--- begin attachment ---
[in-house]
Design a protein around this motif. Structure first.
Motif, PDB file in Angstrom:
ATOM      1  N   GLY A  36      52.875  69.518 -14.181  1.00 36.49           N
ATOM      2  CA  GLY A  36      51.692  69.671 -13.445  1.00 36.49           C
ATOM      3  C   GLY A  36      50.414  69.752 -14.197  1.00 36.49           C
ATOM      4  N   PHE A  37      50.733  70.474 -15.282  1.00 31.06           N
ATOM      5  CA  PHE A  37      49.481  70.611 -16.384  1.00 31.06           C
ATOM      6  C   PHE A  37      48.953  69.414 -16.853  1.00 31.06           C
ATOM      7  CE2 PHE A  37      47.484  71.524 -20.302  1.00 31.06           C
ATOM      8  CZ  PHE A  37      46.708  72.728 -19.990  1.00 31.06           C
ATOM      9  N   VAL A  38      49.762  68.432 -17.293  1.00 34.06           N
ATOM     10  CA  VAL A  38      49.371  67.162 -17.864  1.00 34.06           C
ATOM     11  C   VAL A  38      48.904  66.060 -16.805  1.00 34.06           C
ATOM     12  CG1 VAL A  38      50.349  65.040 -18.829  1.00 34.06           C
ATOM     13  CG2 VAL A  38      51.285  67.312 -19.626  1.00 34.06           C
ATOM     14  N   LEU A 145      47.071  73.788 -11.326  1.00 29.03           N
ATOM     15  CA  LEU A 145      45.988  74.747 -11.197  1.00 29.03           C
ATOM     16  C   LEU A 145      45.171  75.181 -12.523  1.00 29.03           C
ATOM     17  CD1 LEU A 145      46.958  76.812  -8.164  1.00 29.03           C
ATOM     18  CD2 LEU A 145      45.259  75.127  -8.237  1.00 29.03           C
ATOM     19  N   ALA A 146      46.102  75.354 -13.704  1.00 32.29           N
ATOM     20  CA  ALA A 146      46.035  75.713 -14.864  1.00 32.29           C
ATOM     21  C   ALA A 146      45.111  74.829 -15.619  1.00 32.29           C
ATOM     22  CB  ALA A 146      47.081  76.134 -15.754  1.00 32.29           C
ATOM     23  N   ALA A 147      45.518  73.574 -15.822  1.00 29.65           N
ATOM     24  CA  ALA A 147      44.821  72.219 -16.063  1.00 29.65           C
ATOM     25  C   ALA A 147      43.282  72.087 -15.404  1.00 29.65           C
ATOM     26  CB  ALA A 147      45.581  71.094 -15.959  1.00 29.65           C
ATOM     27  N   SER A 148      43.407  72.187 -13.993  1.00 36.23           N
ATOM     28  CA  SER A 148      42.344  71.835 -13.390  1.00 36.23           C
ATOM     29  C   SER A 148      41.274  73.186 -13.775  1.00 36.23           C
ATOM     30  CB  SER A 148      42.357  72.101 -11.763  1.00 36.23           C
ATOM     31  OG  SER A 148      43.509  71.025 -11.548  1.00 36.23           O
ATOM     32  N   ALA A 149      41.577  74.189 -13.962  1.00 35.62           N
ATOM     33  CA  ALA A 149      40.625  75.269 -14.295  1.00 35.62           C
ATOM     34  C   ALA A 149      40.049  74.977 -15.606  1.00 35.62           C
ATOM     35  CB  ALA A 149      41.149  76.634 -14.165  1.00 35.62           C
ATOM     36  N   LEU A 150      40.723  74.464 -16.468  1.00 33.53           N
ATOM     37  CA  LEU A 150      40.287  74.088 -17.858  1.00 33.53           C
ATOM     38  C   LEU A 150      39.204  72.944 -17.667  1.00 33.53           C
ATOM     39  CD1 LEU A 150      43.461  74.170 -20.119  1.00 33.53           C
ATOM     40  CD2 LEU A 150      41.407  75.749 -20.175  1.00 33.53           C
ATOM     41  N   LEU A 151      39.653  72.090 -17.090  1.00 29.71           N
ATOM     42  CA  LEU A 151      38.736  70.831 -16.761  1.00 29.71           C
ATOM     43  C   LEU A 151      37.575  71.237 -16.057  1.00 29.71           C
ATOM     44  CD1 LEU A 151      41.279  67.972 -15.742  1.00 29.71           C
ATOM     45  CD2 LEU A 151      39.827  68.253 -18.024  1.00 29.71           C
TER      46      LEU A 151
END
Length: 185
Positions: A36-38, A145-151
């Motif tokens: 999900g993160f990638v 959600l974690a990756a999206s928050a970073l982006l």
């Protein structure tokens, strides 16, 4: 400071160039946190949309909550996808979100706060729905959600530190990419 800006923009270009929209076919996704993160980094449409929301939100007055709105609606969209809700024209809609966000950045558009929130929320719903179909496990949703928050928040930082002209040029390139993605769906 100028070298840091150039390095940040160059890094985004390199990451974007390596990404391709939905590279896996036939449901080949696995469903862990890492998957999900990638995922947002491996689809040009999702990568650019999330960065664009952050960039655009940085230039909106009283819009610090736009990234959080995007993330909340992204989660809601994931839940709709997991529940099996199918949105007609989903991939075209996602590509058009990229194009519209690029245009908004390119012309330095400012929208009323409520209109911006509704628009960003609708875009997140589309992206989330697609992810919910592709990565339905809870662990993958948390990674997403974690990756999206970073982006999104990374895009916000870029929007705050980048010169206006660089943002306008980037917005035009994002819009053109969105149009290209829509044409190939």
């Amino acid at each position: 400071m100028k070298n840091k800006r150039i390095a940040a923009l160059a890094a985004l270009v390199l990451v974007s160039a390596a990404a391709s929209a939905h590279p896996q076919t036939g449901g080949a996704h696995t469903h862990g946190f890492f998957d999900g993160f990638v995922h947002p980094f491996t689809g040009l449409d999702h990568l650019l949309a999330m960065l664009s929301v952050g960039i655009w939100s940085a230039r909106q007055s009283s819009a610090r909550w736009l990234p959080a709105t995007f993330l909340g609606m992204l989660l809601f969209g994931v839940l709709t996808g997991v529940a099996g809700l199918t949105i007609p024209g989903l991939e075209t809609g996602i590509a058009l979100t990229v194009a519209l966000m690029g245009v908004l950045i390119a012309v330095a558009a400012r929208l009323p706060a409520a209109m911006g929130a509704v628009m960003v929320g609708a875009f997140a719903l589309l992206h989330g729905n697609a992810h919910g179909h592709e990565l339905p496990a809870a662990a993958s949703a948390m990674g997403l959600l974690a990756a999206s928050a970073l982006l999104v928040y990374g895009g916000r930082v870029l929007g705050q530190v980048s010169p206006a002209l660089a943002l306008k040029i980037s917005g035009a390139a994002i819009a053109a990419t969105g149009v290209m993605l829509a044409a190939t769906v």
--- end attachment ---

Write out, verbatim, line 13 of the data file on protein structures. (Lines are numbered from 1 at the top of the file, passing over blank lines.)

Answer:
ATOM     10  CA  VAL A  38      49.371  67.162 -17.864  1.00 34.06           C